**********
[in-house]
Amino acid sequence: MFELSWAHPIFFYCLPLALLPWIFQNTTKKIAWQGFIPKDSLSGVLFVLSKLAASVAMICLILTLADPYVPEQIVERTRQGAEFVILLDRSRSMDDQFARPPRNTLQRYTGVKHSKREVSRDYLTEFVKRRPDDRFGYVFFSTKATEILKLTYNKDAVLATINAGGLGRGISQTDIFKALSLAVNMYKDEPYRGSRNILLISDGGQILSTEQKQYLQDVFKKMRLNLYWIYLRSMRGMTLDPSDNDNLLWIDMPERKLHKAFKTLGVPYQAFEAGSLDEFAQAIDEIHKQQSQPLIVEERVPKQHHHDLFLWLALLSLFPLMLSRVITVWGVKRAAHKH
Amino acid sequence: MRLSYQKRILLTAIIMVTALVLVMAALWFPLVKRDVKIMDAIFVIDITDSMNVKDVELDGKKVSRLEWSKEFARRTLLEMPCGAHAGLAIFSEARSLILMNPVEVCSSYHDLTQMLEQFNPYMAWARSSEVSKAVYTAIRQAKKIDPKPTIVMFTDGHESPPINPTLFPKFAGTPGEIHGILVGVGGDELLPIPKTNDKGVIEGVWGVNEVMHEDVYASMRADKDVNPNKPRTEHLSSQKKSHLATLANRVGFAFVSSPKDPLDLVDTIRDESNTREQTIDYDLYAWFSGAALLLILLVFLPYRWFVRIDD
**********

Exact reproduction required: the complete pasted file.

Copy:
[in-house]
Amino acid sequence: MFELSWAHPIFFYCLPLALLPWIFQNTTKKIAWQGFIPKDSLSGVLFVLSKLAASVAMICLILTLADPYVPEQIVERTRQGAEFVILLDRSRSMDDQFARPPRNTLQRYTGVKHSKREVSRDYLTEFVKRRPDDRFGYVFFSTKATEILKLTYNKDAVLATINAGGLGRGISQTDIFKALSLAVNMYKDEPYRGSRNILLISDGGQILSTEQKQYLQDVFKKMRLNLYWIYLRSMRGMTLDPSDNDNLLWIDMPERKLHKAFKTLGVPYQAFEAGSLDEFAQAIDEIHKQQSQPLIVEERVPKQHHHDLFLWLALLSLFPLMLSRVITVWGVKRAAHKH
Amino acid sequence: MRLSYQKRILLTAIIMVTALVLVMAALWFPLVKRDVKIMDAIFVIDITDSMNVKDVELDGKKVSRLEWSKEFARRTLLEMPCGAHAGLAIFSEARSLILMNPVEVCSSYHDLTQMLEQFNPYMAWARSSEVSKAVYTAIRQAKKIDPKPTIVMFTDGHESPPINPTLFPKFAGTPGEIHGILVGVGGDELLPIPKTNDKGVIEGVWGVNEVMHEDVYASMRADKDVNPNKPRTEHLSSQKKSHLATLANRVGFAFVSSPKDPLDLVDTIRDESNTREQTIDYDLYAWFSGAALLLILLVFLPYRWFVRIDD